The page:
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Staff Emails Are Not Owned By Firms, UK Judge Rules 111

Posted by Soulskill
from the what-about-their-thoughts dept.
Qedward writes "A high court judge has ruled that companies do not have a general claim of ownership of the content contained in staff emails. The decision creates a potential legal minefield for the terms of staff contracts and an administrative nightmare for IT teams running email servers, back up and storage. The judge ruled businesses do not have an 'enforceable proprietary claim' to staff email content unless that content can be considered to be confidential information belonging to a business, unless business copyright applies to the content, or unless the business has a contractual right of ownership over the content. Justice Edwards-Stuart added it was 'quite impractical and unrealistic' to determine that ownership of the content of emails either belongs exclusively to the creator or the recipient of an email."
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Staff Emails Are Not Owned By Firms, UK Judge Rules

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  • right decision (Score:4, Informative)

    by pantaril (1624521) on Friday November 09, 2012 @10:10AM (#41931297)

    The decision creates a potential [...] administrative nightmare for IT teams running email servers, back up and storage.

    I wonder what nightmare could this decision create for IT admins... sounds like FUD to me.

    I for one welcome this decision, similar legislation is in place where i live (EU - Czech Republic).

    Personal correspondence belongs to the employee and employer should not be able to legaly read it without the emplyee's consent.

  • Re:Only in the UK (Score:4, Informative)

    by Anonymous Coward on Friday November 09, 2012 @10:18AM (#41931377)

    Definately not. In the Netherlands employers are not even allowed to read such e-mail as employees are also (by law) allowed to use company resources (internet acess, e-mail, phone, printers, ...) for private purposes to a reasonable extent and hence their privacy cannot be violated this way. I may be wrong about this, but I thought this actually has a legal basis in the EU in which case this should also apply to all other EU countries.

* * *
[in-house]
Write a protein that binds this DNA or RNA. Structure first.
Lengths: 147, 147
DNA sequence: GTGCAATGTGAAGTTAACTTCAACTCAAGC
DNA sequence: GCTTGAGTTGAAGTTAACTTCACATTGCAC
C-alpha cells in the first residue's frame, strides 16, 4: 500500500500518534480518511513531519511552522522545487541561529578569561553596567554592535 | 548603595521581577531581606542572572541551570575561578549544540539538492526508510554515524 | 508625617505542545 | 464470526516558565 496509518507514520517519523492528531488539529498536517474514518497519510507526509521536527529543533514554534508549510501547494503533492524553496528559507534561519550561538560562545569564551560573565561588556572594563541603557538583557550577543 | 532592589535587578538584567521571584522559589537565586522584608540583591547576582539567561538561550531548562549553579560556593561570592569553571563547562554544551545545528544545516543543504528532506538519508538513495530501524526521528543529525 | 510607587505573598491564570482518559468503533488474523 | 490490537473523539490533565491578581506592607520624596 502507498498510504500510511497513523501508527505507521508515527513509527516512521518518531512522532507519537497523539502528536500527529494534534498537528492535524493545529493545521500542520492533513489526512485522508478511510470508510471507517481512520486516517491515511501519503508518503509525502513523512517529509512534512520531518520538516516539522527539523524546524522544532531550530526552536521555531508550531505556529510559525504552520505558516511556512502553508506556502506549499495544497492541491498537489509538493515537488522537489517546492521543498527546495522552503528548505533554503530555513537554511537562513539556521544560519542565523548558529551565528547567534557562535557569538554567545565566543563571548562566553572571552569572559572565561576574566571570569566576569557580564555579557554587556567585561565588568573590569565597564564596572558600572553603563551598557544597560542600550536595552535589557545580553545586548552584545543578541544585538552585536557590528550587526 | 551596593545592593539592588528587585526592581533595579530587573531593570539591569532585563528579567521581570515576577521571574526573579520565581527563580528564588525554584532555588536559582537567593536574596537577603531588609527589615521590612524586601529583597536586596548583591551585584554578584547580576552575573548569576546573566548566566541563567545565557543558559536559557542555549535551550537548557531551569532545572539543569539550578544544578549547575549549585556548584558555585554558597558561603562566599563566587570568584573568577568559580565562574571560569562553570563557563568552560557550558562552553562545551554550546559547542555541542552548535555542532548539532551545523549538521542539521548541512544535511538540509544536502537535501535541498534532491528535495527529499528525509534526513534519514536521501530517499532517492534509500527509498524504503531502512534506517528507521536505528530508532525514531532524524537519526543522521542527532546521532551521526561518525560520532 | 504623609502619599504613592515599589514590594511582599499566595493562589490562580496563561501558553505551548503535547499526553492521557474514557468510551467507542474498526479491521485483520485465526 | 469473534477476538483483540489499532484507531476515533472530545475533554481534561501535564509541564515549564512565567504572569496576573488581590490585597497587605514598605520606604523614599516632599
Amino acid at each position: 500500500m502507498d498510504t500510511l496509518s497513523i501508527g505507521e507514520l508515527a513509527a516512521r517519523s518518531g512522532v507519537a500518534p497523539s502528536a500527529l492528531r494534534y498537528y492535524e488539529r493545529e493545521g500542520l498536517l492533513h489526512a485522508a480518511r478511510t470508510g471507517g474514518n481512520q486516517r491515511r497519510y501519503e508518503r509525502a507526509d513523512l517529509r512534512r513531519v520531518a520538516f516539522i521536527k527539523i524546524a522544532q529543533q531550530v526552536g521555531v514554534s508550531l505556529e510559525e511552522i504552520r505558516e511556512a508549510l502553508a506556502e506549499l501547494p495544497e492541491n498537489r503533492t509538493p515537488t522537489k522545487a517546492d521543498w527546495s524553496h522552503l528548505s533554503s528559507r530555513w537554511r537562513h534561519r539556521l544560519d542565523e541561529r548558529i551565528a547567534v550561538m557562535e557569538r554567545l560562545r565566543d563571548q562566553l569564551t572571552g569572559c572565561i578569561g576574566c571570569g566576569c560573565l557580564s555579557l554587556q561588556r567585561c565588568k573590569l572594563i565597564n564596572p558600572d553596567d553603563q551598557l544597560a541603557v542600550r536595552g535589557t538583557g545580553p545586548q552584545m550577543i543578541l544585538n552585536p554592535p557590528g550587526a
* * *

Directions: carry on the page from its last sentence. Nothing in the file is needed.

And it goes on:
• Re:Only in the UK (Score:2, Informative)

    by Anonymous Coward on Friday November 09, 2012 @10:22AM (#41931417)

    Source: http://translate.google.nl/translate?hl=nl&sl=nl&tl=en&u=http%3A%2F%2Fblog.iusmentis.com%2F2012%2F08%2F20%2Famsterdam-mag-e-mail-personeel-niet-bekijken%2F (Dutch-language original: http://blog.iusmentis.com/2012/08/20/amsterdam-mag-e-mail-personeel-niet-bekijken/). This does not mention whether there is a EU basis though.

  • Re:Only in the UK (Score:3, Informative)

    by Anonymous Coward on Friday November 09, 2012 @10:58AM (#41931727)

    Personal communications are protected by law in Finland as well. An infamous caveat, Lex Nokia [theregister.co.uk], was enacted a few years back. It allows the employer to monitor the email envelope information under some circumstances. Such monitoring must be reported to the Privacy Ombudsman by the company. No company has submitted such a report as yet. Some companies are doing it clandestinely, but that is a punishable crime in Finland.

  • by davecb (6526) <davec-b@rogers.com> on Friday November 09, 2012 @11:05AM (#41931807) Homepage Journal

    The Supreme Court of Canada recently ruled that employees have an "expectation of privacy" in emails and files on computers owned by their employers, meaning that private emails and files are

    • not the property of the company
    • cannot be snooped without a warrant
    • are not considered to be "in plain sight"

    There are limitations: material from a company computer obtained by a warrant issued based on evidence from the company, if the company acted properly.

    --dave

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